NEW YORK | 4 West 37th St | 210 FT | 22 FLOORS


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Permits Filed: 22-Story Hotel at 4 West 37th Street

BY: STEPHEN SMITH ON DECEMBER 8TH 2014 AT 6:00 AM


4 West 37th Street, image from Google Maps

Over the week, a new building permit application was filed by Nobutaka Ashihara Architect for a 22-story hotel at 4 West 37th Street, on the edge of the Garment District.

The building, around 50,000 square feet, will have either 120 or 135 rooms (the permit application is a bit confused), and will rise 210 feet into the air.

The architect is Nobutaka Ashihara, suggesting that the design will be a step above the Peter Poon- and Gene Kaufman-designed buildings that have sprouted like weeds in the Garment District over the past decade or so. Ashihara is also responsible for 1717 Broadway, the tallest hotel in the city at 715 feet to the roof, with two separate Marriott flags.

The permit application of 4 West 37th Street was filed by ABI Construction, apparently on behalf of State Bank of Texas CEO Chan Patel and his sons, Sushil and Rajan, who are developing the hotel. They bought the site, spanning 4-6 West 37th Street, earlier this year for $20 million. It is currently home to a pair of six-story loft buildings, likely not long for this world.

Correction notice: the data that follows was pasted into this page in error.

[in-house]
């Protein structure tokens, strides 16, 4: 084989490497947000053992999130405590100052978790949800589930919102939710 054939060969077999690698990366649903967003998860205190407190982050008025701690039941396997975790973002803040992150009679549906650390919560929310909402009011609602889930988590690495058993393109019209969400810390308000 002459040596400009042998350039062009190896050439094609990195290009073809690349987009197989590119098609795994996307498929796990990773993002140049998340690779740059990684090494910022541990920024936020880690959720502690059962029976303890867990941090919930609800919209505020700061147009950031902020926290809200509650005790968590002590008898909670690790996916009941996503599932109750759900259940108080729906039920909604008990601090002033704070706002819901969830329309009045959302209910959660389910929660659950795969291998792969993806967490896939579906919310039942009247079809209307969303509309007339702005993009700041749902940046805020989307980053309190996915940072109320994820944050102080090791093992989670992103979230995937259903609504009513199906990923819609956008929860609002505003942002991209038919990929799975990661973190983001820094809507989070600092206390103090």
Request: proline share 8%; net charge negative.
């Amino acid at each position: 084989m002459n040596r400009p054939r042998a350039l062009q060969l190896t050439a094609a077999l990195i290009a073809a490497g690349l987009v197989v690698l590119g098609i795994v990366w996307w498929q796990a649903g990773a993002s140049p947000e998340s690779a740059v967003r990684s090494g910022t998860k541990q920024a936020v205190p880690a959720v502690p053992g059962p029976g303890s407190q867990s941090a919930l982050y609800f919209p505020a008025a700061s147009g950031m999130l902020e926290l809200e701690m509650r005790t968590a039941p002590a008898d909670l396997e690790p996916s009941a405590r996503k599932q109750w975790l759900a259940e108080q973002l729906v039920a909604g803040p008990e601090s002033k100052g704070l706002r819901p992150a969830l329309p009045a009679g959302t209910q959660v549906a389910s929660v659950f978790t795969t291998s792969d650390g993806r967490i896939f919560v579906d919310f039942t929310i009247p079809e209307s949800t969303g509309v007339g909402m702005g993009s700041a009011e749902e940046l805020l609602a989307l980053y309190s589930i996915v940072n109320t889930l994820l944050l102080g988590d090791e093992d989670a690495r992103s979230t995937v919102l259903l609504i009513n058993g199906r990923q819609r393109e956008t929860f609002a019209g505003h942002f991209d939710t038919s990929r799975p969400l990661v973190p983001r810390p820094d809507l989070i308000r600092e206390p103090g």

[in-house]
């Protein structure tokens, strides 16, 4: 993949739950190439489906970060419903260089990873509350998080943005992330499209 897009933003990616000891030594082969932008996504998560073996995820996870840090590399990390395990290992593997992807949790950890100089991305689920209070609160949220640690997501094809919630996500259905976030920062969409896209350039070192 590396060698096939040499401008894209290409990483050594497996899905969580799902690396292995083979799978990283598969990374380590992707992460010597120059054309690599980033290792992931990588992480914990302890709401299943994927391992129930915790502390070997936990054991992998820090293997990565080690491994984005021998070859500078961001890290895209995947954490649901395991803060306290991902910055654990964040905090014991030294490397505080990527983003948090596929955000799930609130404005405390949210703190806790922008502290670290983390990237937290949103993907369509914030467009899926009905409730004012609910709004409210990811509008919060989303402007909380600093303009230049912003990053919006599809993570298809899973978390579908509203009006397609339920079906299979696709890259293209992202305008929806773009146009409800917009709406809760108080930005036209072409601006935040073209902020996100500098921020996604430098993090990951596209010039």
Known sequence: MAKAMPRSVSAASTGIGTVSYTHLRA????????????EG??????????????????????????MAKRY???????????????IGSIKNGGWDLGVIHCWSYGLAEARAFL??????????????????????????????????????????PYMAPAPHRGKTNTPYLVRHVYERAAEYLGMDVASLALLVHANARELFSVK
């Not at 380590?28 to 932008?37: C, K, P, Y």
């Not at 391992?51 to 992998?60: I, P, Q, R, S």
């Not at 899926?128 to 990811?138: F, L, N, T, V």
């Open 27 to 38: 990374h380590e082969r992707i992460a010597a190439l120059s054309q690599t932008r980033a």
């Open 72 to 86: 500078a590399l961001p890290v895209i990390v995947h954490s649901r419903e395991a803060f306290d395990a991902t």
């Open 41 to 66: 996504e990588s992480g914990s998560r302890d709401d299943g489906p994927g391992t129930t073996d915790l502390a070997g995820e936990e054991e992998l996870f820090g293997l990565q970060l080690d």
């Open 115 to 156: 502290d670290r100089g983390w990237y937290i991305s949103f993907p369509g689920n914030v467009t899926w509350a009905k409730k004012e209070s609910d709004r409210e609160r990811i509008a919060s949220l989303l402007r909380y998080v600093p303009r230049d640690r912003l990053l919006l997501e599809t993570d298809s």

Zoning in most of the Garment District doesn’t allow for any residential development, which may have otherwise been the site’s highest and best use. YIMBY would like to see these lots and the rest of the Garment District rezoned from the current dominant M1-6 designation to M1-6D. Invented for a small area of less than two blocks in Chelsea, M1-6D zoning allows new housing to be built in a formerly commercial and industrial area, so long as it does not displace those uses. It would give the developer more freedom to build much needed housing, without eating away at the neighborhood’s commercial square footage.

(That said, the M1-6D zoning probably ought to be tweaked in one way – the current designation forces all hotels with more than 100 rooms to get discretionary City Council approval, which essentially forbids non-union operators, likely what’s planned for this site.)


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